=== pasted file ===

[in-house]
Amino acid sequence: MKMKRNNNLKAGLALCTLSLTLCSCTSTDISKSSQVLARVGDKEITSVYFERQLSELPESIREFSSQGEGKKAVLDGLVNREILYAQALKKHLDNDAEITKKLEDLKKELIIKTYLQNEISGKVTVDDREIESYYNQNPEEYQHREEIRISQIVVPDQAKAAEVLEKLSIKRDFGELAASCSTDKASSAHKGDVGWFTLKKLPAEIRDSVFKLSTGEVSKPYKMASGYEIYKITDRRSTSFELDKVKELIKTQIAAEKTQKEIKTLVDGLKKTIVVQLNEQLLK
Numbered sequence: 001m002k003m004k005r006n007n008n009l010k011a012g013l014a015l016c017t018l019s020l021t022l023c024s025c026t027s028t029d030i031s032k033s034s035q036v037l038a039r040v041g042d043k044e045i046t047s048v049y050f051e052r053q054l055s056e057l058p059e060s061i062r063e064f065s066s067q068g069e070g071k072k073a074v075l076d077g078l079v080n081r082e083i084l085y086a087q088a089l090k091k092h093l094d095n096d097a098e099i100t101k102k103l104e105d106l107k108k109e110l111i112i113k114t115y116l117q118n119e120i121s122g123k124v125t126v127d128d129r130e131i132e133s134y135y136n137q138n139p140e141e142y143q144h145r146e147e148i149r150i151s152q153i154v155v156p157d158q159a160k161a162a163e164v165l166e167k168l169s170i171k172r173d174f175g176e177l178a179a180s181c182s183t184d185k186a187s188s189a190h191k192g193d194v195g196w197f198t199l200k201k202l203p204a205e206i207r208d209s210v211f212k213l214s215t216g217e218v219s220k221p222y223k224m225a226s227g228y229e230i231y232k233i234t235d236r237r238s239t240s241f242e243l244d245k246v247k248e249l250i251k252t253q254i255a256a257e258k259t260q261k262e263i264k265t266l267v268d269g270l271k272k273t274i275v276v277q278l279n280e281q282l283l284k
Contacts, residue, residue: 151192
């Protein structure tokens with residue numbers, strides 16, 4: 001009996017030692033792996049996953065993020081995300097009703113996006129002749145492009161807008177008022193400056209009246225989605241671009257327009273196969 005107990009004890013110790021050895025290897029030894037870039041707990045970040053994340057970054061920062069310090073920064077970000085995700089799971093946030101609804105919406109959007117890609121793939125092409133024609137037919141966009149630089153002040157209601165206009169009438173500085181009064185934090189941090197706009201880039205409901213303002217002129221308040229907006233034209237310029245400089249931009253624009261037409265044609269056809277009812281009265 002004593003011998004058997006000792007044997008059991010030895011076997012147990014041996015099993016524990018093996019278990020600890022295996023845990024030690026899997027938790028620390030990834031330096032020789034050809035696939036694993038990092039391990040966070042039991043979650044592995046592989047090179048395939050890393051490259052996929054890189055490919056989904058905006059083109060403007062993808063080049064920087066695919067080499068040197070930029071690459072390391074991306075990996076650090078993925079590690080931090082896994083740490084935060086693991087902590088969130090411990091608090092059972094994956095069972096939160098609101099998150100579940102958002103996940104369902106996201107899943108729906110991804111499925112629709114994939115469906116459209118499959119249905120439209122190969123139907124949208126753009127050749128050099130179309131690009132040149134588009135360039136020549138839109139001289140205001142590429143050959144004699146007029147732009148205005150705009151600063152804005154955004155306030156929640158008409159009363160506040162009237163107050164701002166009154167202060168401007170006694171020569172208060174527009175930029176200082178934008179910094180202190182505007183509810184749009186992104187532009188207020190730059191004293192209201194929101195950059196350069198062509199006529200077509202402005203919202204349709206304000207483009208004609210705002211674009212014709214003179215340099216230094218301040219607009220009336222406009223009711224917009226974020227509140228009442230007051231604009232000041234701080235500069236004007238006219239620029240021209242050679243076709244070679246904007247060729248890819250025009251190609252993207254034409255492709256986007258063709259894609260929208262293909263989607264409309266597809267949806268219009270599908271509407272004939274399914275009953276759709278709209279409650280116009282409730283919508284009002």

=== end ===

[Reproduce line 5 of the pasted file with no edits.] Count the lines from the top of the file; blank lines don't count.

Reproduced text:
């Protein structure tokens with residue numbers, strides 16, 4: 001009996017030692033792996049996953065993020081995300097009703113996006129002749145492009161807008177008022193400056209009246225989605241671009257327009273196969 005107990009004890013110790021050895025290897029030894037870039041707990045970040053994340057970054061920062069310090073920064077970000085995700089799971093946030101609804105919406109959007117890609121793939125092409133024609137037919141966009149630089153002040157209601165206009169009438173500085181009064185934090189941090197706009201880039205409901213303002217002129221308040229907006233034209237310029245400089249931009253624009261037409265044609269056809277009812281009265 002004593003011998004058997006000792007044997008059991010030895011076997012147990014041996015099993016524990018093996019278990020600890022295996023845990024030690026899997027938790028620390030990834031330096032020789034050809035696939036694993038990092039391990040966070042039991043979650044592995046592989047090179048395939050890393051490259052996929054890189055490919056989904058905006059083109060403007062993808063080049064920087066695919067080499068040197070930029071690459072390391074991306075990996076650090078993925079590690080931090082896994083740490084935060086693991087902590088969130090411990091608090092059972094994956095069972096939160098609101099998150100579940102958002103996940104369902106996201107899943108729906110991804111499925112629709114994939115469906116459209118499959119249905120439209122190969123139907124949208126753009127050749128050099130179309131690009132040149134588009135360039136020549138839109139001289140205001142590429143050959144004699146007029147732009148205005150705009151600063152804005154955004155306030156929640158008409159009363160506040162009237163107050164701002166009154167202060168401007170006694171020569172208060174527009175930029176200082178934008179910094180202190182505007183509810184749009186992104187532009188207020190730059191004293192209201194929101195950059196350069198062509199006529200077509202402005203919202204349709206304000207483009208004609210705002211674009212014709214003179215340099216230094218301040219607009220009336222406009223009711224917009226974020227509140228009442230007051231604009232000041234701080235500069236004007238006219239620029240021209242050679243076709244070679246904007247060729248890819250025009251190609252993207254034409255492709256986007258063709259894609260929208262293909263989607264409309266597809267949806268219009270599908271509407272004939274399914275009953276759709278709209279409650280116009282409730283919508284009002």